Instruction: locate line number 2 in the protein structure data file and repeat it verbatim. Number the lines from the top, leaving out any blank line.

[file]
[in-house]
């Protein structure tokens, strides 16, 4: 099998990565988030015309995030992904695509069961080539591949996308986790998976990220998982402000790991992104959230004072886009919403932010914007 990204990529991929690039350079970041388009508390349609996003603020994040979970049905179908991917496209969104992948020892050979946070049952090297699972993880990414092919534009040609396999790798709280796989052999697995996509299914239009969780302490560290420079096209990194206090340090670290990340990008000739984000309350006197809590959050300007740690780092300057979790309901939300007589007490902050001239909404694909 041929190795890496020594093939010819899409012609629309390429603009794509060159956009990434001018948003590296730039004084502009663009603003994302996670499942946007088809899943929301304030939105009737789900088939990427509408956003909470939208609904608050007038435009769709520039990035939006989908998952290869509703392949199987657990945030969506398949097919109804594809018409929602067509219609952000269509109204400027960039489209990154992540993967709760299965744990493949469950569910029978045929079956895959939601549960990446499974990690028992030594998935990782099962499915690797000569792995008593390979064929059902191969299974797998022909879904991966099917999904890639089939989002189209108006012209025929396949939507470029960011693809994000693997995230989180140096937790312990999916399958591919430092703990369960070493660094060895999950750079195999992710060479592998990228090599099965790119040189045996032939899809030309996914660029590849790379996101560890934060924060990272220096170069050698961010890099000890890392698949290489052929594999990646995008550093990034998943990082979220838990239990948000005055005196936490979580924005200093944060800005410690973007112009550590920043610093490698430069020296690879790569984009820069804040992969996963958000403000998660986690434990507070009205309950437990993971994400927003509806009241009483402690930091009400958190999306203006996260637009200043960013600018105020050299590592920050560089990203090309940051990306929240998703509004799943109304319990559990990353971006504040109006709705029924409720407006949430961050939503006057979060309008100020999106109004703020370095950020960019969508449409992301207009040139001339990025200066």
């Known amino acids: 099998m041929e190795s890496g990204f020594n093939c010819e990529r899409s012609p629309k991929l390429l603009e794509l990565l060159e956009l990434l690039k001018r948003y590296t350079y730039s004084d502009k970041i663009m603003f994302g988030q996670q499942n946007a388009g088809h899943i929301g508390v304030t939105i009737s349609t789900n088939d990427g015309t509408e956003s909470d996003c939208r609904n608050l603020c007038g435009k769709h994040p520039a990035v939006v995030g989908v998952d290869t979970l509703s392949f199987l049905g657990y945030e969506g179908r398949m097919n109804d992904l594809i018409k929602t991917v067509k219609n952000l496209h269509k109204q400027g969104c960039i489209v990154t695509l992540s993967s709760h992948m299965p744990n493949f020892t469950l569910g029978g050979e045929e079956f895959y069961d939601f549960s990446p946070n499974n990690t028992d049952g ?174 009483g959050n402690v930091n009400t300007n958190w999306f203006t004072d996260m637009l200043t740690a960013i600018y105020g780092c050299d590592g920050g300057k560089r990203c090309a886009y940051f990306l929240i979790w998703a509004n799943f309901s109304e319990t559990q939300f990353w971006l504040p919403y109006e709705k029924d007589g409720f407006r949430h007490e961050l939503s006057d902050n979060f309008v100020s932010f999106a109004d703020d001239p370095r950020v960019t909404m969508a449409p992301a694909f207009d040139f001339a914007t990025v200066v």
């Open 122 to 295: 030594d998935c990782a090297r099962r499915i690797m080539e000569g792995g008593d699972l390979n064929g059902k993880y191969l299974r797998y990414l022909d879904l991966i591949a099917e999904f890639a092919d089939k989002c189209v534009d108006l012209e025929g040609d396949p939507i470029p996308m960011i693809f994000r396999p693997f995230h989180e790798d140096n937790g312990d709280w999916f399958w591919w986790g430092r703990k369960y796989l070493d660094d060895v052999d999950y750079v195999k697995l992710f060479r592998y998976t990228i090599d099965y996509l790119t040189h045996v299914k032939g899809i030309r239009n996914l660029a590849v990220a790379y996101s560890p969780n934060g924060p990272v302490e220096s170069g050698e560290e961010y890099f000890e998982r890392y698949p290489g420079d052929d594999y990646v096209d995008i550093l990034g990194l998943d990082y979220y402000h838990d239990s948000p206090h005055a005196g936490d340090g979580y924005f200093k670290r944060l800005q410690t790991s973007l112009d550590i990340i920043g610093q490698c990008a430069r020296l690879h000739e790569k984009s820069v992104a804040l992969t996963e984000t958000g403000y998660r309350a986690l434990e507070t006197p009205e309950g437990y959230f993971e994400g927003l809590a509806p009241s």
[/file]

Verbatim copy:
């Protein structure tokens, strides 16, 4: 099998990565988030015309995030992904695509069961080539591949996308986790998976990220998982402000790991992104959230004072886009919403932010914007 990204990529991929690039350079970041388009508390349609996003603020994040979970049905179908991917496209969104992948020892050979946070049952090297699972993880990414092919534009040609396999790798709280796989052999697995996509299914239009969780302490560290420079096209990194206090340090670290990340990008000739984000309350006197809590959050300007740690780092300057979790309901939300007589007490902050001239909404694909 041929190795890496020594093939010819899409012609629309390429603009794509060159956009990434001018948003590296730039004084502009663009603003994302996670499942946007088809899943929301304030939105009737789900088939990427509408956003909470939208609904608050007038435009769709520039990035939006989908998952290869509703392949199987657990945030969506398949097919109804594809018409929602067509219609952000269509109204400027960039489209990154992540993967709760299965744990493949469950569910029978045929079956895959939601549960990446499974990690028992030594998935990782099962499915690797000569792995008593390979064929059902191969299974797998022909879904991966099917999904890639089939989002189209108006012209025929396949939507470029960011693809994000693997995230989180140096937790312990999916399958591919430092703990369960070493660094060895999950750079195999992710060479592998990228090599099965790119040189045996032939899809030309996914660029590849790379996101560890934060924060990272220096170069050698961010890099000890890392698949290489052929594999990646995008550093990034998943990082979220838990239990948000005055005196936490979580924005200093944060800005410690973007112009550590920043610093490698430069020296690879790569984009820069804040992969996963958000403000998660986690434990507070009205309950437990993971994400927003509806009241009483402690930091009400958190999306203006996260637009200043960013600018105020050299590592920050560089990203090309940051990306929240998703509004799943109304319990559990990353971006504040109006709705029924409720407006949430961050939503006057979060309008100020999106109004703020370095950020960019969508449409992301207009040139001339990025200066």